Before the BCS pairings were even announced yesterday I heard people talking about how this year should be conclusive evidence that we need to have a playoff for the National Championship in NCAA Football. I disagree. I think that Mike Lopresti got it right (again):
So ends an entirely captivating, wildly absorbing, deliciously unpredictable college football regular season. And now at the finish, what do we see?
Controversy. Mayhem. Protests.
Ain’t it great?
Here comes the BCS bashing, clanging like cymbals in a band, guaranteeing peace in our time — if only there could be a playoff.
Yeah, right. Put eight teams in a playoff. One would have to be Georgia, of course. Hottest team at the end, and all that.
Now go tell that to Tennessee, who won the division that Georgia could not, and beat the Bulldogs head-to-head by three touchdowns. And what about Hawaii? You going to have eight teams in a playoff and leave out the only team in the land with a 12-0 record? Or 11-1 Kansas? Or Missouri, which somehow fell from No. 1 to the Cotton Bowl in 24 hours? Just a few of many dilemmas.
The howls can be heard, though, now that the bowl pairings are out.
THE SYSTEM DIDN’T GET IT RIGHT!
No it didn’t, because there is no right answer. Not for the BCS. Not for a playoff. Someone will always feel shafted. Someone will always have another case to make. There will always be politicking, because if you need two teams, you can’t pick three. And if you need eight, you can’t choose nine.
He missed one thing there – college athletes are not professionals. I know, they work as hard as the professionals (perhaps harder) but thankfully they are still expected to be students and do more than take the field for our entertainment. The fact that we have an imperfect BCS system means that we as fans get to participate in a much more animated discussion surrounding what is happening, right or wrong, in college football. The fact that we don’t have a fool-proof way to declare a champion every year might serve to remind us that there is more to life than sports – no matter how entertaining those sports may be.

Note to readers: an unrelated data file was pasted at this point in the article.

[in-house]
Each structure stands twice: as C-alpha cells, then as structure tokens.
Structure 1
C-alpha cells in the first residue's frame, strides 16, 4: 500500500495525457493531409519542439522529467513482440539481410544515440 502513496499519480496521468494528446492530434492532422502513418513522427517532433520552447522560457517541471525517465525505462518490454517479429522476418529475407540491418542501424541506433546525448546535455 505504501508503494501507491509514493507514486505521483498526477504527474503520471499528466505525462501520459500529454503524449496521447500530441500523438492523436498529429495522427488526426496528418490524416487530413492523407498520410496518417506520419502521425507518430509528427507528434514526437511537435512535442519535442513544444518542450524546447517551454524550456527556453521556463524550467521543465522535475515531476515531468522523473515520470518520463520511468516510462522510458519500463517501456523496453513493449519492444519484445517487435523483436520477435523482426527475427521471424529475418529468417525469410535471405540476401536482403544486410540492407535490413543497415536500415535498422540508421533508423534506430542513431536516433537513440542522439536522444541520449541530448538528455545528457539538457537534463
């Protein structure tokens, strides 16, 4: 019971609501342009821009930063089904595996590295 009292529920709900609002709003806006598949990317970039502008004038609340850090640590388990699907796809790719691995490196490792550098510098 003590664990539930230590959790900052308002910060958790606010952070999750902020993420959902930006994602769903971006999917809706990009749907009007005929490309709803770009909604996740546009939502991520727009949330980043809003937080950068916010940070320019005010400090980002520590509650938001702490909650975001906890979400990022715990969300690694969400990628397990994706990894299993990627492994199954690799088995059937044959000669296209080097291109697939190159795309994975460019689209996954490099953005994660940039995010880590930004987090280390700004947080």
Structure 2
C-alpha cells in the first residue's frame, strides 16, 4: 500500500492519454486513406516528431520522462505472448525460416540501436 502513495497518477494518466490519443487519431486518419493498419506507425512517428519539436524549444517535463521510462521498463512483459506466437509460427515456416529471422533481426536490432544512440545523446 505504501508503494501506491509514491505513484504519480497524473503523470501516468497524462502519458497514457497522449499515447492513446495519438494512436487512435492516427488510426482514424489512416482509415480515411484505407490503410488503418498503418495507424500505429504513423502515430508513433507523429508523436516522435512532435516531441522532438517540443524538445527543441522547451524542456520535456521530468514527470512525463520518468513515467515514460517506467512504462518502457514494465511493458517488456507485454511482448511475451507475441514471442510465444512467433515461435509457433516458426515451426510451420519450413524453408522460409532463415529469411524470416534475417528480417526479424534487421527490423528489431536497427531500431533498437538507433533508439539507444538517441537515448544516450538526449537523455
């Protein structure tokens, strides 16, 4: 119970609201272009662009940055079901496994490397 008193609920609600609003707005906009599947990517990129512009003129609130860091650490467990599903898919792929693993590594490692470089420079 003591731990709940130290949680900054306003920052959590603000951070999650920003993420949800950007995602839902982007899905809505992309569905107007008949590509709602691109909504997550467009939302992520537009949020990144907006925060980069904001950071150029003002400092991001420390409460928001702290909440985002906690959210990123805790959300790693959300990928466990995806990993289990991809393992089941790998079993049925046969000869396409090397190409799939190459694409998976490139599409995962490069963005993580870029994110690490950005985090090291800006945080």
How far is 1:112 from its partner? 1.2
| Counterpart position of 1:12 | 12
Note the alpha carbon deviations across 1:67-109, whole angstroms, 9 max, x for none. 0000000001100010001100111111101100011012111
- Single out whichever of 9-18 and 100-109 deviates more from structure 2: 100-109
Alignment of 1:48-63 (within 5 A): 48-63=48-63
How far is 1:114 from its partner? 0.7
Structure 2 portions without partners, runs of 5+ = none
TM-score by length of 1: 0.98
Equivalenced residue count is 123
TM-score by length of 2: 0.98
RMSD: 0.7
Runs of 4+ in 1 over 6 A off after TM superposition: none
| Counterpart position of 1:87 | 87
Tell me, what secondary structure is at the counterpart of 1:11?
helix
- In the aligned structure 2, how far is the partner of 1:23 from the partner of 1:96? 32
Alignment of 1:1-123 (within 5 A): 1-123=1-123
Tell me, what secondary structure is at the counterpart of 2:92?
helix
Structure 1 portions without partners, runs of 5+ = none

Let’s not ruin that by throwing together an imperfect playoff system that would concentrate more money in the big name leagues than we already have and give us the false sense that we really were getting the right champion every time. We’ll never be able to get a football playoff large enough (like the 65-team March Madness) so that the schools at the bottom of the pool will prove each year that while they might surprise us they still never win it all. Each time the lowest seeded team wins we have to wonder why not number 9, or 17, or 66?
Let’s just admit that the system is imperfect but the goal is entertainment, not clarity.